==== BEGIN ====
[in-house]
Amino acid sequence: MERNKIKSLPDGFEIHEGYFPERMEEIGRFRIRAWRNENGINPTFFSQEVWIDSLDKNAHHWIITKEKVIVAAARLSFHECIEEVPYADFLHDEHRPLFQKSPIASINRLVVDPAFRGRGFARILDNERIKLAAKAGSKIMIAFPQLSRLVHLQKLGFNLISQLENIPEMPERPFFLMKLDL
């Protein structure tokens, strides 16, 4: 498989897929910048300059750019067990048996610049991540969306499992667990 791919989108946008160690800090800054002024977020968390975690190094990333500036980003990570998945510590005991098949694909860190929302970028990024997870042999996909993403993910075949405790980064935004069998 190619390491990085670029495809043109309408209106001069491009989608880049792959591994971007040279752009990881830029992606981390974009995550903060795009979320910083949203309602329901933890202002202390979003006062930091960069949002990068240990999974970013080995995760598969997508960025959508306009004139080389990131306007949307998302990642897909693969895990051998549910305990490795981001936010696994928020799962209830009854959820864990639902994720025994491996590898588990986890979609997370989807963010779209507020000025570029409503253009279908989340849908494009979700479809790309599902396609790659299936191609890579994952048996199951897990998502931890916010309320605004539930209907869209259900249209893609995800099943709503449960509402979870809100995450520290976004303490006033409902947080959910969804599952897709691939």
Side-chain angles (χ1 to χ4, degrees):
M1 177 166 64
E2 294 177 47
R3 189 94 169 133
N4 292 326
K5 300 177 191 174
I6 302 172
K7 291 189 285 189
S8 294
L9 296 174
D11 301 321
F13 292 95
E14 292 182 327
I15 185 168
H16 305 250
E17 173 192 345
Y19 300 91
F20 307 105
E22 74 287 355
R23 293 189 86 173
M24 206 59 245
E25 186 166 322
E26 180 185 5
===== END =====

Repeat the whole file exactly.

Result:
[in-house]
Amino acid sequence: MERNKIKSLPDGFEIHEGYFPERMEEIGRFRIRAWRNENGINPTFFSQEVWIDSLDKNAHHWIITKEKVIVAAARLSFHECIEEVPYADFLHDEHRPLFQKSPIASINRLVVDPAFRGRGFARILDNERIKLAAKAGSKIMIAFPQLSRLVHLQKLGFNLISQLENIPEMPERPFFLMKLDL
């Protein structure tokens, strides 16, 4: 498989897929910048300059750019067990048996610049991540969306499992667990 791919989108946008160690800090800054002024977020968390975690190094990333500036980003990570998945510590005991098949694909860190929302970028990024997870042999996909993403993910075949405790980064935004069998 190619390491990085670029495809043109309408209106001069491009989608880049792959591994971007040279752009990881830029992606981390974009995550903060795009979320910083949203309602329901933890202002202390979003006062930091960069949002990068240990999974970013080995995760598969997508960025959508306009004139080389990131306007949307998302990642897909693969895990051998549910305990490795981001936010696994928020799962209830009854959820864990639902994720025994491996590898588990986890979609997370989807963010779209507020000025570029409503253009279908989340849908494009979700479809790309599902396609790659299936191609890579994952048996199951897990998502931890916010309320605004539930209907869209259900249209893609995800099943709503449960509402979870809100995450520290976004303490006033409902947080959910969804599952897709691939």
Side-chain angles (χ1 to χ4, degrees):
M1 177 166 64
E2 294 177 47
R3 189 94 169 133
N4 292 326
K5 300 177 191 174
I6 302 172
K7 291 189 285 189
S8 294
L9 296 174
D11 301 321
F13 292 95
E14 292 182 327
I15 185 168
H16 305 250
E17 173 192 345
Y19 300 91
F20 307 105
E22 74 287 355
R23 293 189 86 173
M24 206 59 245
E25 186 166 322
E26 180 185 5